When we say that the workers are the only revolutionary class in capitalist society, this is not a moral question. The working class is powerful not only because of its numbers—its power comes from the strategic place it has in the production process. Think about the L.A. and New York/New Jersey ports, the NYC subway system, the auto plants. And the working class has the objective interest to end a system based on its own exploitation. But the proletariat needs the leadership of a vanguard party to become conscious of its historical task and interests. It takes a revolutionary party to lead the workers’ fight to smash capitalist rule and establish their own state power.
Many youth are looking for a way to reform the system and view socialism as a form of capitalism with better social services. Well, no. The capitalist system, which breeds poverty, oppression and war, is fundamentally not reformable. Socialism, an egalitarian society based on material abundance, requires the overthrow of the bourgeoisie on an international scale.
So, what happened to Occupy Wall Street? Well, in 2012 it liquidated into the campaign to re-elect Obama. In Philly, sad faces disappointed that Sanders was no longer running started looking to the Green Party.
The Green Party is a small-time capitalist party with a thoroughly bourgeois program. Green presidential candidate Jill Stein’s program calls to “restore the National Guard as the centerpiece of our defense.” The same National Guard that occupied Ferguson to put down protests against racist police killings! Just like they occupied the ghettos in the ’60s to murderously crush black rebellions, and shot and killed anti-Vietnam War protesters at Kent State. The National Guard exists to carry out violent repression against the working class and the oppressed. In no way do the Greens want to change the fundamentals of the private property system.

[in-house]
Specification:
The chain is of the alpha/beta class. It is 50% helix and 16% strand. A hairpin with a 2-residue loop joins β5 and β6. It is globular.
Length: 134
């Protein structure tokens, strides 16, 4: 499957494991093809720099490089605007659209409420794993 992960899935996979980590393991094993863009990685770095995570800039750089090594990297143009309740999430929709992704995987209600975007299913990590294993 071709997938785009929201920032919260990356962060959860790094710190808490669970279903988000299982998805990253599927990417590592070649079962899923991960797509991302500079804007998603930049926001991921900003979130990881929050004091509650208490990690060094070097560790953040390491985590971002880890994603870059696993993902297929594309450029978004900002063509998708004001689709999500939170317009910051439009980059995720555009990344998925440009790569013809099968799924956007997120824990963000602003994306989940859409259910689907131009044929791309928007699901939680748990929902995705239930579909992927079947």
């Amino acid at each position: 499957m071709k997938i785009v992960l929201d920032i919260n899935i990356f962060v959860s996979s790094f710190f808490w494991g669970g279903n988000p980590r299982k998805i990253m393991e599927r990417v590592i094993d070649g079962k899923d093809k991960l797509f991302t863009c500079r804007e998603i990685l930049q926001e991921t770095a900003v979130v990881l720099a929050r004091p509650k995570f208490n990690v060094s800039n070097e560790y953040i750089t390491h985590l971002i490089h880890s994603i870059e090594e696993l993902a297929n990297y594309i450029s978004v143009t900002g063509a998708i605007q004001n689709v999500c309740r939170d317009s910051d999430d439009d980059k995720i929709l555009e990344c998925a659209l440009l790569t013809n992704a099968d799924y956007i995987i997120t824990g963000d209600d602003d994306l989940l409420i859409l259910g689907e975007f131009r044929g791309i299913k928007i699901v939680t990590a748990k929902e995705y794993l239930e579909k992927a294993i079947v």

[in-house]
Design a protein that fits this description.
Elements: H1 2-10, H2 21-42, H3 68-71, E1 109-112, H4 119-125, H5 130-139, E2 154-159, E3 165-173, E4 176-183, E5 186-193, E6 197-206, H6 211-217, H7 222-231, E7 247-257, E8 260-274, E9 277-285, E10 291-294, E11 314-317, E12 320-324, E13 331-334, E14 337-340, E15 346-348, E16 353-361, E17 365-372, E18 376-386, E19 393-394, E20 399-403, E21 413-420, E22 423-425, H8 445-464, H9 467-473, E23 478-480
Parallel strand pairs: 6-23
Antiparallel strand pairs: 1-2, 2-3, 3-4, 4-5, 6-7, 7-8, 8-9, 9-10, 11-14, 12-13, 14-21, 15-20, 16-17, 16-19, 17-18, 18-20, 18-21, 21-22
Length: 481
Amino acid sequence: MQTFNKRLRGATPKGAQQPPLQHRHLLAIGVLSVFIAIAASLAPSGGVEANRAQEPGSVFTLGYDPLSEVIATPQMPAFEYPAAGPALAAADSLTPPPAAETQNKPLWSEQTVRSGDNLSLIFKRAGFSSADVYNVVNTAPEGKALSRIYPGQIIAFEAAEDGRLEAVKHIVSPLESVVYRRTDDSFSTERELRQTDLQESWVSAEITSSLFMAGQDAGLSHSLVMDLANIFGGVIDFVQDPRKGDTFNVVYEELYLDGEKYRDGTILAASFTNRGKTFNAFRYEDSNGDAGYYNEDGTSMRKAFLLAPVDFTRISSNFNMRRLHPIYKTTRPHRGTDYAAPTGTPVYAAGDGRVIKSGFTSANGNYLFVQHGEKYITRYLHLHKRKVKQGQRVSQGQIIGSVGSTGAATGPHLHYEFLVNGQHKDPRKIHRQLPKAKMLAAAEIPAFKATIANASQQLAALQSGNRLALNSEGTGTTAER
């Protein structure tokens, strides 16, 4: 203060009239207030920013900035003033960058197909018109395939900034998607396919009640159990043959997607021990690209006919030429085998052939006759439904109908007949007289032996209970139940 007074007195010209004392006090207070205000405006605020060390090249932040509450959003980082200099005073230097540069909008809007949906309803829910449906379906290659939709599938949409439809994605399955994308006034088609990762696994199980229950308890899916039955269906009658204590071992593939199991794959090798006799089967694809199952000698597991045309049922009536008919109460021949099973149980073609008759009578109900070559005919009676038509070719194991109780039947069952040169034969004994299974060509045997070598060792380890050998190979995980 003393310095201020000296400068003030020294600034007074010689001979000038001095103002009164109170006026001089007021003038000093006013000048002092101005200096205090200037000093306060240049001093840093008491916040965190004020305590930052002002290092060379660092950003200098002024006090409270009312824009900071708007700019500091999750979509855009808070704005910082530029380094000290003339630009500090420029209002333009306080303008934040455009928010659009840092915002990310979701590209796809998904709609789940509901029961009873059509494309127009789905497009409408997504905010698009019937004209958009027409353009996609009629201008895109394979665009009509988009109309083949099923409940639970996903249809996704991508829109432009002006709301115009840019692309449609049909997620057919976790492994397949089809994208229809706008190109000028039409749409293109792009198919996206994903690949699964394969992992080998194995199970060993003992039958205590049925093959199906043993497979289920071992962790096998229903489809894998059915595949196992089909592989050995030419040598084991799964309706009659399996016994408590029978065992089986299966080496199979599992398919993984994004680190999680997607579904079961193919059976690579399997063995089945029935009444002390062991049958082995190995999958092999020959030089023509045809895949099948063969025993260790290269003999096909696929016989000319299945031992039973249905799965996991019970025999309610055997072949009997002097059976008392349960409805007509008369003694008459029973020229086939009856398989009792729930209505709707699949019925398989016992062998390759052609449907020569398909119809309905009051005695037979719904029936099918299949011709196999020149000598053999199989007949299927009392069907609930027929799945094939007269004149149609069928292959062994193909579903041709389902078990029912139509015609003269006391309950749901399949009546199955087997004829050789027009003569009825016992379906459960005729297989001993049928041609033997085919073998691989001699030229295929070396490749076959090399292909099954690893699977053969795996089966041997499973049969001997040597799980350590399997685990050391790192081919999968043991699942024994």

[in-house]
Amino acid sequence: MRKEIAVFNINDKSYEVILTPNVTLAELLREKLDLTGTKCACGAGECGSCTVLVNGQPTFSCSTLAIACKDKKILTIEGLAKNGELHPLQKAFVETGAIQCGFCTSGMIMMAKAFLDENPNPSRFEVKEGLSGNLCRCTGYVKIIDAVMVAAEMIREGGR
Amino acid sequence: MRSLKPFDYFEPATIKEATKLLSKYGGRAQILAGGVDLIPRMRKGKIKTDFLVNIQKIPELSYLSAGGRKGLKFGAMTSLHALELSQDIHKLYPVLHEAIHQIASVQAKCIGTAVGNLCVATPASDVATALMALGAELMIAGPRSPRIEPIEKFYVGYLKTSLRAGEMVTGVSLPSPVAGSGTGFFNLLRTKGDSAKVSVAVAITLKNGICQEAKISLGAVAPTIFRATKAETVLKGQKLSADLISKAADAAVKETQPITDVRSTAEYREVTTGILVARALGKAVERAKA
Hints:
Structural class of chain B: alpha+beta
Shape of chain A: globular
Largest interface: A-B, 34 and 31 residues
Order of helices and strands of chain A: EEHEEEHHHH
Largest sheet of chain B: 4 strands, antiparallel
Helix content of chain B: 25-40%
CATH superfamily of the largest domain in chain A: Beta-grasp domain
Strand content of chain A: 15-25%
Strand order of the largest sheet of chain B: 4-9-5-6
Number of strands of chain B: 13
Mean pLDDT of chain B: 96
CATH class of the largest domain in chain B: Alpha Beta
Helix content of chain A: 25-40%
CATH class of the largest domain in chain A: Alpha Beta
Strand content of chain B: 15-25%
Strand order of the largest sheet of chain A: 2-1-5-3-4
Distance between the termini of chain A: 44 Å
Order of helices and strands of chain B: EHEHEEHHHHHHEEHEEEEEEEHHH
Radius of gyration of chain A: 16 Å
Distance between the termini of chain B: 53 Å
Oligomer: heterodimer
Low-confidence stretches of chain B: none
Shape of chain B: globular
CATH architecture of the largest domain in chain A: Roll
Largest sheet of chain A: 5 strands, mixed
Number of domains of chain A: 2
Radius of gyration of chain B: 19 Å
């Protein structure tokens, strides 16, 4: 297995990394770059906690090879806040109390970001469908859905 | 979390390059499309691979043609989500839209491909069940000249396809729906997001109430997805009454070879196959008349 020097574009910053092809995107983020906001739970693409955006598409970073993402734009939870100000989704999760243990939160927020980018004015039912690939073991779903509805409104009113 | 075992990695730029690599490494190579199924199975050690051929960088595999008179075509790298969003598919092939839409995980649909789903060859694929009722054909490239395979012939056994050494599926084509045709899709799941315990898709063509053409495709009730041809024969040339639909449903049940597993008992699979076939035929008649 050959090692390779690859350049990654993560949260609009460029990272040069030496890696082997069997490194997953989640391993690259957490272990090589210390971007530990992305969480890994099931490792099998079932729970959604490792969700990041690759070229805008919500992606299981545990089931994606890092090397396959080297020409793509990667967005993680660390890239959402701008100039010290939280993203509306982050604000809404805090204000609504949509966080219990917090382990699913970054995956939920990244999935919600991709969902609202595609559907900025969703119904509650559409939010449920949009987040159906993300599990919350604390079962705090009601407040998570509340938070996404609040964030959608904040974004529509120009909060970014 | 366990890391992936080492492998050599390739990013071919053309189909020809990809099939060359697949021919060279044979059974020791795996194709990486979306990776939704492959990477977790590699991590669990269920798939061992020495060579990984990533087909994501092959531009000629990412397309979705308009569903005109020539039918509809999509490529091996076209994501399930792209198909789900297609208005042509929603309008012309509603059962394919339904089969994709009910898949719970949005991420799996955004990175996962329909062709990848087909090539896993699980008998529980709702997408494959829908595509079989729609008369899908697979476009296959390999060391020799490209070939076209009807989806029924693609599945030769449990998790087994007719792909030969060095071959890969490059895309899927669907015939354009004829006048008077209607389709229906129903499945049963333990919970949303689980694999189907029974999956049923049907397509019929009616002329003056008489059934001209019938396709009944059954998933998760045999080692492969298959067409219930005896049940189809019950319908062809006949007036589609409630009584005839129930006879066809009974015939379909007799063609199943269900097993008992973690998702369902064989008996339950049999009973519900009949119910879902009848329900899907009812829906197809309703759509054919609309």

The Green Party argues that third parties provide “an ‘emotional bridge’ for voters who are weary of supporting one major party but are not yet ready to vote for the other.” In the context of the current electoral circus, where both ruling-class candidates are very unpopular, especially among people under 30, the Greens keep people chained to illusions in bourgeois democracy. And reformist socialists are helping them. The International Socialist Organization calls for a vote for the Green Party, calling it “an independent left alternative in the 2016 election” (socialistworker.org, 10 December 2015).
For Black Liberation Through Socialist Revolution!
The fraud of bourgeois democracy is especially evident in the experience of black people in the U.S. After the cops killed Keith Scott last month, I watched an interview with a 24-year-old black man. “My people are tired,” he told the camera. “We need answers, man. It’s no reason that I should wake up every morning scared for my life because I am black.”
The videos of the ongoing killings by the cops have led blacks, whites and others to march in the streets, despite intense police repression. But the petty-bourgeois politics that dominate those protests don’t provide any answers. Alicia Garza, co-founder of Black Lives Matter, argues that “the first and primary task is to ensure that the country is not run by a fickle fascist”—i.e., vote Hillary Clinton, Mrs. Mass Black Incarceration.
Going along with illusions in the Democrats, there are also hopes that the capitalist state can be reformed. It’s common to hear calls for federal investigations to clean up the racist cops, for community control of the police, for civilian review boards. Only a Marxist understanding of the state provides the answer to why none of these schemes have made a dent in the brutal, racist police terror in the streets.